Recent capital flows highlight a paradox: investors are afraid of inflation, but seem to have increased their allocation to just the assets that would do worst out of it.Continue reading
“Transitory” is the preferred word to describe inflation these days. Central bankers love it, because it means they can continue their easy money policies. Investors love it, because it means the markets’ party goes on.Continue reading
The Covid-19 crisis is one year old, and already, on the economic front at least, optimism is gaining ground.
The International Monetary Fund (IMF) economic growth projections, released last week, point to a strong rebound: the world economy is forecast to expand by 6% this year, led by emerging and developing Asia, which is expected to grow by 8.6%.Continue reading
With baby steps, the Fed and other major central banks are beginning their journey back towards some semblance of normality.
This will be a big resilience test for a financial system which, for more than a decade, has relied on repeated rounds of monetary generosity. Continue reading
With news of another Covid-19 vaccine on its way and optimism rising ahead of the end-year holidays, it looks like 2021 will shape up to be much better than 2020.
But one forgotten danger could spoil the party: inflation. Price rises are far from investors’ minds, but an ‘inflation tantrum’ could have devastating effects on various countries’ economies if they are not kept in check.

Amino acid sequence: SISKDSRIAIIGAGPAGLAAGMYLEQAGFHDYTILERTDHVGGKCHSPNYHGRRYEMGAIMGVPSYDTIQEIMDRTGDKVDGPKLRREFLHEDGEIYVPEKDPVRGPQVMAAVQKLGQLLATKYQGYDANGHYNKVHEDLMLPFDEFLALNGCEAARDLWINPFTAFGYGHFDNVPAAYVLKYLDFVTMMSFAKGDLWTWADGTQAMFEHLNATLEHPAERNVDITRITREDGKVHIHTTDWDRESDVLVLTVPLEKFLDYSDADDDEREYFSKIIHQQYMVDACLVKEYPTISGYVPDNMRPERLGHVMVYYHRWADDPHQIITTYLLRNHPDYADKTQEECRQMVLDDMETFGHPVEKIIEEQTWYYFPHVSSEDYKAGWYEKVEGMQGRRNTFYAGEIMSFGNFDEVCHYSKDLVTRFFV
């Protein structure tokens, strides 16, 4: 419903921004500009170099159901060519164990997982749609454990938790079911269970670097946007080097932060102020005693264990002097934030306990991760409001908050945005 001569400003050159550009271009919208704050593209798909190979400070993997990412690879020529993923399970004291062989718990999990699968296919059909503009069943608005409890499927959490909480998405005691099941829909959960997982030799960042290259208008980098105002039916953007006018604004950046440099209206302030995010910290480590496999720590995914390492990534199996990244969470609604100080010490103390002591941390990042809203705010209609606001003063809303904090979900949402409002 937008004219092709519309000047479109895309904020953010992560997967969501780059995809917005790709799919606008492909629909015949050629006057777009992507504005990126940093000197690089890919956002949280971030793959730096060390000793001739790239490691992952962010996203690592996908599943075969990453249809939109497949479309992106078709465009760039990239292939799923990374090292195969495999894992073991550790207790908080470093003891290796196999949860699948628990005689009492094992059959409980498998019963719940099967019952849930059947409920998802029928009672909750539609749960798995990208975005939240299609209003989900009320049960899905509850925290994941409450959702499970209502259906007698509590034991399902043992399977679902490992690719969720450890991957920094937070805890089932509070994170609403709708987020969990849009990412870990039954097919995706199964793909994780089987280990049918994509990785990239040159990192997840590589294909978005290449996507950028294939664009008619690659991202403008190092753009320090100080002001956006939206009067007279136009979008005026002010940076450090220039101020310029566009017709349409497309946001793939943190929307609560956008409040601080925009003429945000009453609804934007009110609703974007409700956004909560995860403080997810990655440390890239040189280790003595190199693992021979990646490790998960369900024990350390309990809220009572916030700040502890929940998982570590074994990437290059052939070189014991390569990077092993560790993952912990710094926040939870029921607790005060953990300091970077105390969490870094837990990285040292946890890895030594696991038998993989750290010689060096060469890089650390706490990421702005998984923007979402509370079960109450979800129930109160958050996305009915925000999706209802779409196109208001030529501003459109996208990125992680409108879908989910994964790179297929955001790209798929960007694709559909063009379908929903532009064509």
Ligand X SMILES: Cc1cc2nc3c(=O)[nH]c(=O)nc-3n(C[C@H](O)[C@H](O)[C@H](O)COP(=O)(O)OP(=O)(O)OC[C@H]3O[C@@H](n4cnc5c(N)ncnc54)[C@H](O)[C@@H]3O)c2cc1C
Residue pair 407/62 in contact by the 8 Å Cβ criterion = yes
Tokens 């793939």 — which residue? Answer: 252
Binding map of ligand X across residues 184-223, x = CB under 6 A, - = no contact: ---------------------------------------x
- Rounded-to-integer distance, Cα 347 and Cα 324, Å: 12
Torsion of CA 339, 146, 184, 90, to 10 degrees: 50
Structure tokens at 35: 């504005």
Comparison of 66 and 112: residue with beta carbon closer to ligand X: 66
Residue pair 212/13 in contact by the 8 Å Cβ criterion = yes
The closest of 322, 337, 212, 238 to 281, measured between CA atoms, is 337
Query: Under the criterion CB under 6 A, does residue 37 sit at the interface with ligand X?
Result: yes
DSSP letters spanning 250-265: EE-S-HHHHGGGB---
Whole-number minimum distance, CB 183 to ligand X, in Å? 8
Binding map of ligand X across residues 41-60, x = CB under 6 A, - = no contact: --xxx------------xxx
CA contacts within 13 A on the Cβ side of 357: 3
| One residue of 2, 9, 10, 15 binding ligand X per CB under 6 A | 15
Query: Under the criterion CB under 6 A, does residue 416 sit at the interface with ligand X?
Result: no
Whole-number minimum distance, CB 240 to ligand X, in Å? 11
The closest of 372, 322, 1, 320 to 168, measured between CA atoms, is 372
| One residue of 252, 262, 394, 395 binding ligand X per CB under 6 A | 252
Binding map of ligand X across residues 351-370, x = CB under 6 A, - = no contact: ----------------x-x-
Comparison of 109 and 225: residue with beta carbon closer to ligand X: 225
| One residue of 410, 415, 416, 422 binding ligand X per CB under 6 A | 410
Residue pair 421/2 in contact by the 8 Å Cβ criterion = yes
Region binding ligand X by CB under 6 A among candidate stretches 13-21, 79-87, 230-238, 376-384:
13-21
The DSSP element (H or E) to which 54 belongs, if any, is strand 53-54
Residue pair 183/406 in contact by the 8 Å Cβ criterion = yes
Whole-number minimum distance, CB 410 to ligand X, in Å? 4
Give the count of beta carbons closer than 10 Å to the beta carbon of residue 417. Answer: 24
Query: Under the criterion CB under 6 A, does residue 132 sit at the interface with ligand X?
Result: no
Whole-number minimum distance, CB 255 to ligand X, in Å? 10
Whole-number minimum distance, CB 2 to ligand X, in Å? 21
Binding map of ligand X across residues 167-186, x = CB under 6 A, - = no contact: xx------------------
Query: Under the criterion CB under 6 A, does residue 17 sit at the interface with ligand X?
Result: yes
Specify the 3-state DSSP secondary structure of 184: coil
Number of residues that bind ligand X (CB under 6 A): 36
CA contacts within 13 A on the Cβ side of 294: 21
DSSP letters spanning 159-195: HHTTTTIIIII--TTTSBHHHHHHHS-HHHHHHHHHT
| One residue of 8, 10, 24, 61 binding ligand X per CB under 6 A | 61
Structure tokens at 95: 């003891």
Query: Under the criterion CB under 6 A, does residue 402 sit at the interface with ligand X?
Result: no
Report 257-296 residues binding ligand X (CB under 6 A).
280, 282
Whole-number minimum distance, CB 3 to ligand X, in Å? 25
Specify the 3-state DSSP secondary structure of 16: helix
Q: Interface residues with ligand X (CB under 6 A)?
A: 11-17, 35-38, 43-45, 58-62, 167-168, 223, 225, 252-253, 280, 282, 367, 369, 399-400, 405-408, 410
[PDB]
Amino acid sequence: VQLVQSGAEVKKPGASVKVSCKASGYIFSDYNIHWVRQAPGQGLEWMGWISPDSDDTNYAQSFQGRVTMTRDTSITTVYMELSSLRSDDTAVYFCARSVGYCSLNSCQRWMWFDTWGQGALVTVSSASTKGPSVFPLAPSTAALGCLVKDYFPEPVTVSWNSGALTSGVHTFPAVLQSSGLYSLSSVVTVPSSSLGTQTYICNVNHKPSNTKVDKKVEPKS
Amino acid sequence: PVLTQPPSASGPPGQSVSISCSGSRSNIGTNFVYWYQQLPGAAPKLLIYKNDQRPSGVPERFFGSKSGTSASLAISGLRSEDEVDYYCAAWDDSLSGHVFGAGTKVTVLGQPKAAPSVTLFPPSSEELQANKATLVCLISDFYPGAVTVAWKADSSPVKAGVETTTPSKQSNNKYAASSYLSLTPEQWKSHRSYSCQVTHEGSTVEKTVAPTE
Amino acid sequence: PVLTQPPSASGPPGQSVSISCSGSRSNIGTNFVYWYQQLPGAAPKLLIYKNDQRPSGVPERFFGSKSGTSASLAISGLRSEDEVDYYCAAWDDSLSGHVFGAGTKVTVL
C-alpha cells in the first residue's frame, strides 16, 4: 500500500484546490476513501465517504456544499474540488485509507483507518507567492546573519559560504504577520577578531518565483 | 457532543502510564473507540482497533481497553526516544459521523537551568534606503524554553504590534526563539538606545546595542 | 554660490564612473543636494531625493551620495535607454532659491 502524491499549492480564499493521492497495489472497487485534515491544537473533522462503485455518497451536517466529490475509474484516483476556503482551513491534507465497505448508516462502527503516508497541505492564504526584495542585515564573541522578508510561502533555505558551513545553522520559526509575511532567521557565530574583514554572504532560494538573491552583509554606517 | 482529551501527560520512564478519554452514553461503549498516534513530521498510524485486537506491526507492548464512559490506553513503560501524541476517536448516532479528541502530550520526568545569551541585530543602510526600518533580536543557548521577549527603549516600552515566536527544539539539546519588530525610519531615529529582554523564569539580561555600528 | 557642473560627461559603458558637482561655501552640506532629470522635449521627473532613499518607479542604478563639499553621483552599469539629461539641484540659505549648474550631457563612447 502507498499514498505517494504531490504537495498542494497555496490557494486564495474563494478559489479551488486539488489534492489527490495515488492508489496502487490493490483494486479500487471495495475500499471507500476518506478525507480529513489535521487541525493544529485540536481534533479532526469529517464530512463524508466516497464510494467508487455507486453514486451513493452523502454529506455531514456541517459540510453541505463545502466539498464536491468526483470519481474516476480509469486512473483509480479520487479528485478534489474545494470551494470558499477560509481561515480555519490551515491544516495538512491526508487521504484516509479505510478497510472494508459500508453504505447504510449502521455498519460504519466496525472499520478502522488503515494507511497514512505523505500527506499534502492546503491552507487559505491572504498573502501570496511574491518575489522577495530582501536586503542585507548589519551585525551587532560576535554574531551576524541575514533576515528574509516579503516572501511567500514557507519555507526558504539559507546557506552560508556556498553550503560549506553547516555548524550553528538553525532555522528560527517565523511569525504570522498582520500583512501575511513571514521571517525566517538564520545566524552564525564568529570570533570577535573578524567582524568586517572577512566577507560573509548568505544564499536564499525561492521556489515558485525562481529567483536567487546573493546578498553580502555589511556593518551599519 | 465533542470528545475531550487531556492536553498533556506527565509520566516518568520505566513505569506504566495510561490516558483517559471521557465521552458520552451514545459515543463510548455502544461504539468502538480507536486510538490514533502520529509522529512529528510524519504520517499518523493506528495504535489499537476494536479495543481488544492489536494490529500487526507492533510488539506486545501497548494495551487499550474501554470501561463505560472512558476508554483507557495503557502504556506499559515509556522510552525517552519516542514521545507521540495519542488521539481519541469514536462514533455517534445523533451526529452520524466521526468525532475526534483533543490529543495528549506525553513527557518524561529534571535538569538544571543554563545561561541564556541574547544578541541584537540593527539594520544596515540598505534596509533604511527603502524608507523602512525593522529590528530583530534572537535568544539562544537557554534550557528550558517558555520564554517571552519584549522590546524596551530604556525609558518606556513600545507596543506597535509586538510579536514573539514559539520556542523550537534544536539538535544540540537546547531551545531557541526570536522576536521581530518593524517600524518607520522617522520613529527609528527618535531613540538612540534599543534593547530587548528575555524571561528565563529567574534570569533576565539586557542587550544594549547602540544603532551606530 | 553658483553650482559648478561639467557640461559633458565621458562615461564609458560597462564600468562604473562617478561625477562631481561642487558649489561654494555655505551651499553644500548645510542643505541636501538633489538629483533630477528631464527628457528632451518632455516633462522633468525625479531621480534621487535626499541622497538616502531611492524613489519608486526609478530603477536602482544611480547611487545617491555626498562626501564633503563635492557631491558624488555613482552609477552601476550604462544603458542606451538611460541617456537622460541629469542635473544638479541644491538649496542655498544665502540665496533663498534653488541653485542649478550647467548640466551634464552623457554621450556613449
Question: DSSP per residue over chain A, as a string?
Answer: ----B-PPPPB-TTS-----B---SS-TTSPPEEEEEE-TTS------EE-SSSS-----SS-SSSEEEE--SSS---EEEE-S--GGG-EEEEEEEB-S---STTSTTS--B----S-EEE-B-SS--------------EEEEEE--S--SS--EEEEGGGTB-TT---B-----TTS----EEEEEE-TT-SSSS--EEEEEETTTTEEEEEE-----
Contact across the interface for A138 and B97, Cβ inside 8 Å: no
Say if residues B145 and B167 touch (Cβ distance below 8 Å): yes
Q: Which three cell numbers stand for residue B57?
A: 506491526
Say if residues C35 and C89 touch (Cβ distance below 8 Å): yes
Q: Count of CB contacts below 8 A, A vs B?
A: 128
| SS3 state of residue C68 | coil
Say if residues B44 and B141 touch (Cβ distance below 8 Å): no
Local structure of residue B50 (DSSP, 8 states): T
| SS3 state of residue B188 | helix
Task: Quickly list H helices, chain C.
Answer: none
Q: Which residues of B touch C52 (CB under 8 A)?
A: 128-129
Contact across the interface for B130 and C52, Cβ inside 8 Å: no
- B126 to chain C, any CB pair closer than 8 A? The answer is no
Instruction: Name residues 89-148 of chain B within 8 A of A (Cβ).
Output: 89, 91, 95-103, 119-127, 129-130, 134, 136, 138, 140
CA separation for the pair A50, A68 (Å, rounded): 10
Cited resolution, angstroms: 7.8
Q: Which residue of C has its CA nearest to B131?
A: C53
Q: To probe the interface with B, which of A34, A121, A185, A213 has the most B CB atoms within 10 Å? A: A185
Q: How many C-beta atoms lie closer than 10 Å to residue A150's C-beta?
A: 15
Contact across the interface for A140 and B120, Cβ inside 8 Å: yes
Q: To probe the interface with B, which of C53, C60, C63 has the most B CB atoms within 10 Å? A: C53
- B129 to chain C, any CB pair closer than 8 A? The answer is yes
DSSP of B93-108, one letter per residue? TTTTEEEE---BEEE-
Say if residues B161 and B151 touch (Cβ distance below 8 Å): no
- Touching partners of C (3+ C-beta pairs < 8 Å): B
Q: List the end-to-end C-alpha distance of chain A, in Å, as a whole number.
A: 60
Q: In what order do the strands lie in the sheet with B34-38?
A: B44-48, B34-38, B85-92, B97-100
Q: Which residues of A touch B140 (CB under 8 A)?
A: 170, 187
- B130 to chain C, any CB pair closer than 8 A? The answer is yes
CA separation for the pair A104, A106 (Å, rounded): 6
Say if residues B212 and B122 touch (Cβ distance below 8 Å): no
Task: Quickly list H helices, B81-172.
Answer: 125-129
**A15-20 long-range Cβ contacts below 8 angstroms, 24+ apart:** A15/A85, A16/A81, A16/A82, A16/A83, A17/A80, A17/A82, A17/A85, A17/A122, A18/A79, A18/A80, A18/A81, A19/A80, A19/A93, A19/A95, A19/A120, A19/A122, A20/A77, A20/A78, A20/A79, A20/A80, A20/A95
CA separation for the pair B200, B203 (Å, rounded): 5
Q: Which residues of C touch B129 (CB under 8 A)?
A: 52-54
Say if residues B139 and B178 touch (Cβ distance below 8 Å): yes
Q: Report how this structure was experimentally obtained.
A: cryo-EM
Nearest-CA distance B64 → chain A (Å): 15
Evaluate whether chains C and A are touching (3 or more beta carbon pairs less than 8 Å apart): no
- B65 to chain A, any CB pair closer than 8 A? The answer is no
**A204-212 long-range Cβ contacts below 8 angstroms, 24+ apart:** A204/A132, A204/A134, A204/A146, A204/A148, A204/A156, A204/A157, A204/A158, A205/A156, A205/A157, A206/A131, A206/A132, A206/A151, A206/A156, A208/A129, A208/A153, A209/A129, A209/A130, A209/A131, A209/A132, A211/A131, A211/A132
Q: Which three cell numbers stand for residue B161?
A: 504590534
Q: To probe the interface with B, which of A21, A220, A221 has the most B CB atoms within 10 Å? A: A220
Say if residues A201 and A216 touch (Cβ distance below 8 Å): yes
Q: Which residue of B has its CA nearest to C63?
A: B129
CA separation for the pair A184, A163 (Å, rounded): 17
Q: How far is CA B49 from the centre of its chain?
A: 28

The markets rallied so fast in November that bullish investors risk pushing the needle towards the “Sell” signal, according to Bank of America’s indicator.
The reports of the death of the European Union have been greatly exaggerated – to quote Mark Twain — a few times already in the bloc’s tumultuous life.
This time, however, the European Central Bank (ECB) cannot be the only one to do “whatever it takes” to save the eurozone – and implicitly the wider EU — from the economic consequences of the Covid-19 crisis.
The panic buying of essential items around the globe – from food to, fittingly, toilet paper – sparked by the spread of the COVID-19 coronavirus has been mirrored by panic selling in capital markets. It’s almost as if investors were taking cash out of stocks and bonds to buy whatever food, hand sanitiser and toilet paper they could get their hands on.
Pessimism in global financial markets has reached heights not seen since the dark days of the great financial crisis of 2007-2009, which this current crisis threatens to overtake in depth and significance. But, as news about rapid tests for COVID-19 and resilience to deal with the virus begin to multiply, could investors hope for a bottom in the capital markets’ selloff?
The first year of the new decade begins with markets in a much more exuberant mood than at the beginning of 2019. Some of the world’s most important stock markets reached record highs in the last month of 2019 — but do investors feel that markets have peaked?
Caught in the middle of the Brexit saga, European investors can be forgiven if they glossed over a speech by Fed Chairman Jerome Powell that could turn out to be the starting point of a very risky period for the global economy.
It’s no secret that President Donald Trump would want the Fed to cut interest rates and debase the dollar. Earlier this year, he called the Fed “crazy” and Powell himself, “clueless.”
Of course, Powell did not immediately show that these repeated attacks influenced his policy. However, in a speech he gave last week he reiterated his fondness for a very risky idea on how to ease monetary policy even further.